2. sudo nano /System/Library/LaunchDaemons/com.apple.taskgated.plist

    change option string from -s to -sp at line 22, col 27.

  3. reboot the computer.

  4. Use gdb

  • does not work for mac, gdb 7.7 from homebrew, you have to sign it.
    – Jichao
    Jul 1, 2014 at 3:49

If using gdb isn't a hard requirement you can also use lldb as an alternative. It is already on your system and doesn't need to be code signed:

$ lldb stddev_bugged
(lldb) target create "stddev_bugged"
Current executable set to 'stddev_bugged' (x86_64).
(lldb) b mean_and_var
Breakpoint 1: where = stddev_bugged`mean_and_var + 17 at stddev_bugged.c:17, address = 0x0000000100000b11
(lldb) r
Process 1621 launched: '/Users/richardschneeman/Documents/projects/21stCentury/02/example-00/stddev_bugged' (x86_64)
Process 1621 stopped
* thread #1: tid = 0xc777, 0x0000000100000b11 stddev_bugged`mean_and_var(data=0x00007fff5fbff590) + 17 at stddev_bugged.c:17, queue = 'com.apple.main-thread', stop reason = breakpoint 1.1
    frame #0: 0x0000000100000b11 stddev_bugged`mean_and_var(data=0x00007fff5fbff590) + 17 at stddev_bugged.c:17
   14   typedef struct meanvar {double mean, var;} meanvar;
   16   meanvar mean_and_var(const double *data){
-> 17       long double avg = 0,
   18             avg2 = 0;
   19       long double ratio;
   20       size_t count= 0;

Here's a table converting gdb to lldb commands http://lldb.llvm.org/lldb-gdb.html


This is an older question but none of the solutions seemed to work for me (I was using Mojave). Converting to lldb isn't the solution to the question - its just a work around.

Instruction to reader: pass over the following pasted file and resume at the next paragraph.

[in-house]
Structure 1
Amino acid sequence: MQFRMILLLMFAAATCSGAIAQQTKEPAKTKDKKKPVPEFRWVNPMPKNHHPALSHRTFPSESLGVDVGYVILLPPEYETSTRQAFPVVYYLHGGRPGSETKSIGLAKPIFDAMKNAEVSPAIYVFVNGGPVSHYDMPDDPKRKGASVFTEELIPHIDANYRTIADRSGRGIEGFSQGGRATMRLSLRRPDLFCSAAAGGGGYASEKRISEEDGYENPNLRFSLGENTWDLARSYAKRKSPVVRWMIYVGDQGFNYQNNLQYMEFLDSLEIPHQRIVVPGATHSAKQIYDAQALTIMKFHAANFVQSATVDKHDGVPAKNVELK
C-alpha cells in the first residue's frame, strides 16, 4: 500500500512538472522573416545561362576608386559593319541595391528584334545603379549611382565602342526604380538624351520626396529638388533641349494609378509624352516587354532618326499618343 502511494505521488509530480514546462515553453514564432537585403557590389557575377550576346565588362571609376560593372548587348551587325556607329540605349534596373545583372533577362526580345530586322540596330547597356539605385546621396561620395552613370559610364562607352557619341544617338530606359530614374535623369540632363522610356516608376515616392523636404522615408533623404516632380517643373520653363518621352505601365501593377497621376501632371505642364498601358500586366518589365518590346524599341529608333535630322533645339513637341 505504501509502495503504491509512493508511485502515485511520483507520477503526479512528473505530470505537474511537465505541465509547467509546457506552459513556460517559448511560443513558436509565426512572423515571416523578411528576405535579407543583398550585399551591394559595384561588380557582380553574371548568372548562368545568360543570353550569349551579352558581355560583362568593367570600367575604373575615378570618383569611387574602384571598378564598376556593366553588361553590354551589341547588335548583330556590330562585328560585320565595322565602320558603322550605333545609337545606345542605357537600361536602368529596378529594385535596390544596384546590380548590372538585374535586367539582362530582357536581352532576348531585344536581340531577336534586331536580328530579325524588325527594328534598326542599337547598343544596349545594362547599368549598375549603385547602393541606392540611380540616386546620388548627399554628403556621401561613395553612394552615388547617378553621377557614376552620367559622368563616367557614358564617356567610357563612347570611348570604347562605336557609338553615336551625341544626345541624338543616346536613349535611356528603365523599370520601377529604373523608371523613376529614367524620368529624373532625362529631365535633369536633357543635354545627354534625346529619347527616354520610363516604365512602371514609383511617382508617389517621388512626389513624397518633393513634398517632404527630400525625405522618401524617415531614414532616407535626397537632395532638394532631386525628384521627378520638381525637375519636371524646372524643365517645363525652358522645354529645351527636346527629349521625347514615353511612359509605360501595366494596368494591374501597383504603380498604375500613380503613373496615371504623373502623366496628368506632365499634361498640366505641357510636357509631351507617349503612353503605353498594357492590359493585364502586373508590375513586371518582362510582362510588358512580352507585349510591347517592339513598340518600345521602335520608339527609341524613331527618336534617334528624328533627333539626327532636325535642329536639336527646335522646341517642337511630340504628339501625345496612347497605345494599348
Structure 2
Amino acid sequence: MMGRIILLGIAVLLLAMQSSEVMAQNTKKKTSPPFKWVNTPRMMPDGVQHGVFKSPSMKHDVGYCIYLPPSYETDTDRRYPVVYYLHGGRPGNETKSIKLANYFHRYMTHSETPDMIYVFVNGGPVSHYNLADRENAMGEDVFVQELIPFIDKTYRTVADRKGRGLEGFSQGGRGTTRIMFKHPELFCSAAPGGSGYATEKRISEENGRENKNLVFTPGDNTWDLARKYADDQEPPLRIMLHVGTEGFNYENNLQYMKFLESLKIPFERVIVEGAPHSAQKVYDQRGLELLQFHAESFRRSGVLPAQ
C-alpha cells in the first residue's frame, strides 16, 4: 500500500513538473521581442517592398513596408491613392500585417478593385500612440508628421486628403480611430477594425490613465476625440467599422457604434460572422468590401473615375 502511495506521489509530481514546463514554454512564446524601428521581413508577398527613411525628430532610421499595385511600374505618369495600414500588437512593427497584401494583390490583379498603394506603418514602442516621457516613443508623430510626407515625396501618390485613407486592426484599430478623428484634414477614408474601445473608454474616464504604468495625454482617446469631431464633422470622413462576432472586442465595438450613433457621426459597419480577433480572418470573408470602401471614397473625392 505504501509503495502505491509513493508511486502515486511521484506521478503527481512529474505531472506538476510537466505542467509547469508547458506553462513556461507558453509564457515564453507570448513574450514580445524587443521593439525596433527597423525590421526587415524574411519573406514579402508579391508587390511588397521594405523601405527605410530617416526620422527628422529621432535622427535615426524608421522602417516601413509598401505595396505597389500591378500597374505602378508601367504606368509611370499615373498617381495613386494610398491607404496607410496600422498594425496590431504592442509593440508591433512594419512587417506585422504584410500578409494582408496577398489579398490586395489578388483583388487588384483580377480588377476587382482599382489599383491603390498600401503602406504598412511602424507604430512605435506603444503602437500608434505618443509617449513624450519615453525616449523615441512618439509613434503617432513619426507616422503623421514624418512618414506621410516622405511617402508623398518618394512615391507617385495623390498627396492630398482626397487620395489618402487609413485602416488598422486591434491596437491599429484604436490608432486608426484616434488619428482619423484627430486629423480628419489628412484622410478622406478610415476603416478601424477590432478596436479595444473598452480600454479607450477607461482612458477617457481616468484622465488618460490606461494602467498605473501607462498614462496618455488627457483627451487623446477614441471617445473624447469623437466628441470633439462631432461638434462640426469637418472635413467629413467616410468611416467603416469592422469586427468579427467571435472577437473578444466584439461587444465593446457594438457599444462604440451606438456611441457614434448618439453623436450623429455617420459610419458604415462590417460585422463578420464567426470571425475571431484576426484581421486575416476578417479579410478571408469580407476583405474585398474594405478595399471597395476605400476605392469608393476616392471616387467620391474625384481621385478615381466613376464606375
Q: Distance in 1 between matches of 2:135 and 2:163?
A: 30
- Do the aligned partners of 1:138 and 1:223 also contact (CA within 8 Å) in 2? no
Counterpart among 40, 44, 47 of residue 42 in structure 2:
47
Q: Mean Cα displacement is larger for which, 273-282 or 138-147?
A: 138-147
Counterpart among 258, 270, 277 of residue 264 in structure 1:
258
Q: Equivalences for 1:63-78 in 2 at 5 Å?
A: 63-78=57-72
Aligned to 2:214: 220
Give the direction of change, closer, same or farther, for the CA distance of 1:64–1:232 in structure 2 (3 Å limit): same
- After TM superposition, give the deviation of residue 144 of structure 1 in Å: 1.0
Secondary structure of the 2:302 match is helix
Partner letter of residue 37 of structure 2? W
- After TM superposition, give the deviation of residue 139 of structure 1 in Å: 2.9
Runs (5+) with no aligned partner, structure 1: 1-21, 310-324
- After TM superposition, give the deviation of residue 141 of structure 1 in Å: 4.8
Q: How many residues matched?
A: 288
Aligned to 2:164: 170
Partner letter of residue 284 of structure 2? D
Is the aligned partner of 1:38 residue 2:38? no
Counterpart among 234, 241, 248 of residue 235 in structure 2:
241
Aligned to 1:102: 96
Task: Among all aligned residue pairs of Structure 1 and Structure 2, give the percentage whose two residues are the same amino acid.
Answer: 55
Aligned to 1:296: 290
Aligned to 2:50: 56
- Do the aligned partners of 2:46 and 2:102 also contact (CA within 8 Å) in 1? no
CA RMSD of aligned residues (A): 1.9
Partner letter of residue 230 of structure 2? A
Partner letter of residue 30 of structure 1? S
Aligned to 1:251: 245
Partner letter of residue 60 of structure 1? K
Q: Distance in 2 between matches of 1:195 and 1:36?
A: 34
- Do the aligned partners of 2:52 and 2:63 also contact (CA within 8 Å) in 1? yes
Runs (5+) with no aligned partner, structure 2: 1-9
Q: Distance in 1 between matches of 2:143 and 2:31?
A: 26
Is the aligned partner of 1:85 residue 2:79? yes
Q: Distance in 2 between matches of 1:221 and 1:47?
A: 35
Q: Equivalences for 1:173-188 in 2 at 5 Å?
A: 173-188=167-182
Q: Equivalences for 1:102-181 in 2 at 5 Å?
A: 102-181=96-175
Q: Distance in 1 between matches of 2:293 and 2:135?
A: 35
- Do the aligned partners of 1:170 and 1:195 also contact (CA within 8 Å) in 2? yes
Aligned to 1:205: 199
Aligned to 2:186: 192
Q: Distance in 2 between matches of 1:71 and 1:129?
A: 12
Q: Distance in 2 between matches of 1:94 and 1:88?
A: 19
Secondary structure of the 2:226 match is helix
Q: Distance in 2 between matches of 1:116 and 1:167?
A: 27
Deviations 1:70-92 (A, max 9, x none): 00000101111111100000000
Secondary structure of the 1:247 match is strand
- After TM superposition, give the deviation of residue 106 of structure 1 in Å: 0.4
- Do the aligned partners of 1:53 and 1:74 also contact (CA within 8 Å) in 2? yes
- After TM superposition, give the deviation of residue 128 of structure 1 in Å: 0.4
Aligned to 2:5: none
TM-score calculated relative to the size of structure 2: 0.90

After trying several solutions, the one I found to work was located here: https://gist.github.com/gravitylow/fb595186ce6068537a6e9da6d8b5b96d#gistcomment-2891198

Which references this site: https://sourceware.org/gdb/wiki/PermissionsDarwin#Sign_and_entitle_the_gdb_binary

The solution involves a slightly modified version of the code signing. Essentially, the main difference is when signing the certificate, an entitlements XML file must be passed when codesigning. Below I copy/pasted the contents of the sourceware website for all of the steps from beginning to end.

1.1. Create a certificate in the System Keychain

Start Keychain Access application (/Applications/Utilities/Keychain Access.app)

Open the menu item /Keychain Access/Certificate Assistant/Create a Certificate...

Choose a name (gdb-cert in the example), set Identity Type to Self Signed Root, set Certificate Type to Code Signing and select the Let me override defaults. Click several times on Continue until you get to the Specify a Location For The Certificate screen, then set Keychain to System.

💡 If you cannot store the certificate in the System keychain: create it in the login keychain instead, then export it. You can then import it into the System keychain.

Finally, quit the Keychain Access application to refresh the certificate store.

Control: in the terminal type

security find-certificate -c gdb-cert

This should display some details about your newly minted certificate, e.g.

keychain: "/Library/Keychains/System.keychain" version: 256 class: 0x80001000 attributes: "alis"="gdb-cert" [...]

Make sure that keychain: is the System keychain, as shown.

Also, make sure that your certificate is not expired yet:

security find-certificate -p -c gdb-cert | openssl x509 -checkend 0

💡If you want to inspect the entire X509 data structure, you can type

security find-certificate -p -c gdb-cert |openssl x509 -noout -text

1.2. Trust the certificate for code signing

Start Keychain Access again. Using the contextual menu for the certificate, select Get Info, open the Trust item, and set Code Signing to Always Trust.

Finally, quit the Keychain Access application once more to refresh the certificate store.

Control: in the terminal type

security dump-trust-settings -d